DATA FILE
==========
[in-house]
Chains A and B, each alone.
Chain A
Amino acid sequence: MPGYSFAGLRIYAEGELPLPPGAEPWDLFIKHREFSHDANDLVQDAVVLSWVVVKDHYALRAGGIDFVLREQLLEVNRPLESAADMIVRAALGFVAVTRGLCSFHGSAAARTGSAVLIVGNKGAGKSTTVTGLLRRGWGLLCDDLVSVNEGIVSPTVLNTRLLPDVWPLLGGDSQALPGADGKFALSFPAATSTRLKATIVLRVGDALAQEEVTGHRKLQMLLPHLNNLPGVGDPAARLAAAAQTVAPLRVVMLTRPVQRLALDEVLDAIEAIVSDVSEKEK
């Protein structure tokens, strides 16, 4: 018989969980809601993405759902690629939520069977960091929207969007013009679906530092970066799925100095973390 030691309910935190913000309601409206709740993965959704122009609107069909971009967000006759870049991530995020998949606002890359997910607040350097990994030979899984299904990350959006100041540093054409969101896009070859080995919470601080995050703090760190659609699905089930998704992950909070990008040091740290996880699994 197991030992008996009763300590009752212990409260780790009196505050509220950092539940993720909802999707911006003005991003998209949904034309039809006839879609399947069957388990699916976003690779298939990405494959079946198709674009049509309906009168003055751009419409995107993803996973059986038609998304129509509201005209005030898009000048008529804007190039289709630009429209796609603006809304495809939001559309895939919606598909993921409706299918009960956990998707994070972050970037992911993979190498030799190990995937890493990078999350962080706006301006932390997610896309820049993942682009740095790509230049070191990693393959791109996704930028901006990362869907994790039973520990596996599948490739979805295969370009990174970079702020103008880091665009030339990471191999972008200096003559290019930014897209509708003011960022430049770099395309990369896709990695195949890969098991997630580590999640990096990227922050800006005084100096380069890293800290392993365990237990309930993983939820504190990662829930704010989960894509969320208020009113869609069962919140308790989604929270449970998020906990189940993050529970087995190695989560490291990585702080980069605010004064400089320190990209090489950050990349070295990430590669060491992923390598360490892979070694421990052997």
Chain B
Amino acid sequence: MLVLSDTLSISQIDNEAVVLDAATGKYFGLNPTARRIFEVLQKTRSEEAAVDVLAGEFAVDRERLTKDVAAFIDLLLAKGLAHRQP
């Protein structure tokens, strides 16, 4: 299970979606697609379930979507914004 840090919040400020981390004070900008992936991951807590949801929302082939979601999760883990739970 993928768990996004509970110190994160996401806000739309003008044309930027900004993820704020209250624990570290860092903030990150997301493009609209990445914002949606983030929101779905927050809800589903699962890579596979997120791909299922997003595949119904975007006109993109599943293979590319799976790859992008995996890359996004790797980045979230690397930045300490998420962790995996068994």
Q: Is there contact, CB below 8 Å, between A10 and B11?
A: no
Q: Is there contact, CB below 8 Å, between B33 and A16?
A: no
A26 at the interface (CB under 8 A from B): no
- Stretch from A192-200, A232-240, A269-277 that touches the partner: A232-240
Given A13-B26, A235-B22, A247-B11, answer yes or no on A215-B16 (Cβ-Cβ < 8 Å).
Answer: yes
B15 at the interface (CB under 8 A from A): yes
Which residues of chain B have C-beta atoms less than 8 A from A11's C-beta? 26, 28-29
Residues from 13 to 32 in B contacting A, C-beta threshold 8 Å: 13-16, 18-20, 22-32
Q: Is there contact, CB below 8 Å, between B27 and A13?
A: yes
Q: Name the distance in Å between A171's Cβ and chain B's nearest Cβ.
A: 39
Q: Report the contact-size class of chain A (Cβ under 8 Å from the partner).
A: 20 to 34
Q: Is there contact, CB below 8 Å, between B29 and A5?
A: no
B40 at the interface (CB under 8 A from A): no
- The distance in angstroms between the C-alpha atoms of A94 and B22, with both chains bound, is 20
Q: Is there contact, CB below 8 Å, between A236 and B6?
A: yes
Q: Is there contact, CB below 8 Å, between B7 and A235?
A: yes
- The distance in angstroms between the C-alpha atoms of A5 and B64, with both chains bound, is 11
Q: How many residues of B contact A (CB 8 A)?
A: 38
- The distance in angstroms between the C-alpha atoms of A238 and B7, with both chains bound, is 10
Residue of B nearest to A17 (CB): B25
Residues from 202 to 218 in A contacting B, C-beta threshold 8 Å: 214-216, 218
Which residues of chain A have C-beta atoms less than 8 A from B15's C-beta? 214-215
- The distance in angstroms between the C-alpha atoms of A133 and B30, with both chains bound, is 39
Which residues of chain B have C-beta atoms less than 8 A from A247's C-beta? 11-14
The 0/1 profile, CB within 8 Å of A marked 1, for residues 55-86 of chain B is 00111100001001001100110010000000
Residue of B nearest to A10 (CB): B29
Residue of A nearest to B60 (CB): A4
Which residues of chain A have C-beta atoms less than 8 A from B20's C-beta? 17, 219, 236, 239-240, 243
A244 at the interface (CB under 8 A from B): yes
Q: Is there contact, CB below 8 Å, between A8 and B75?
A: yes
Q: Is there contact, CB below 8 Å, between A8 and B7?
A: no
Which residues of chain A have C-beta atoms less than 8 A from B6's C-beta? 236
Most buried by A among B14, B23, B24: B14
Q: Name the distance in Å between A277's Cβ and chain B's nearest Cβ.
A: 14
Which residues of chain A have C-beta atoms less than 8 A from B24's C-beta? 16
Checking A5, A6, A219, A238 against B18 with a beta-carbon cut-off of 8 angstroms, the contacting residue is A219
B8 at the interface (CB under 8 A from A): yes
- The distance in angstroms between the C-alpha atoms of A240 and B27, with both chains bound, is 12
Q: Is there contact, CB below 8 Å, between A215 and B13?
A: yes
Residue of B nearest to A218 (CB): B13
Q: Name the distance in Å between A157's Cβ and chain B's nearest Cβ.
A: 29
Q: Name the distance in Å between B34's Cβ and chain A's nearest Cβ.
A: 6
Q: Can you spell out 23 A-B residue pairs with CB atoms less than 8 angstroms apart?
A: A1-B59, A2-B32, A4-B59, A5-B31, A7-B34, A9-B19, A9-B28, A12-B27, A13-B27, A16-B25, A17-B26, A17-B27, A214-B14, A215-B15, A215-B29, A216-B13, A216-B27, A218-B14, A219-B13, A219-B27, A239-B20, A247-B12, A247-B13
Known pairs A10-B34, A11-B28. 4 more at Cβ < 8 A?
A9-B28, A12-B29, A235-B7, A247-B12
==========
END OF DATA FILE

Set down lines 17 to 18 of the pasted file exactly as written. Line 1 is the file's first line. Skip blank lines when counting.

B15 at the interface (CB under 8 A from A): yes
Which residues of chain B have C-beta atoms less than 8 A from A11's C-beta? 26, 28-29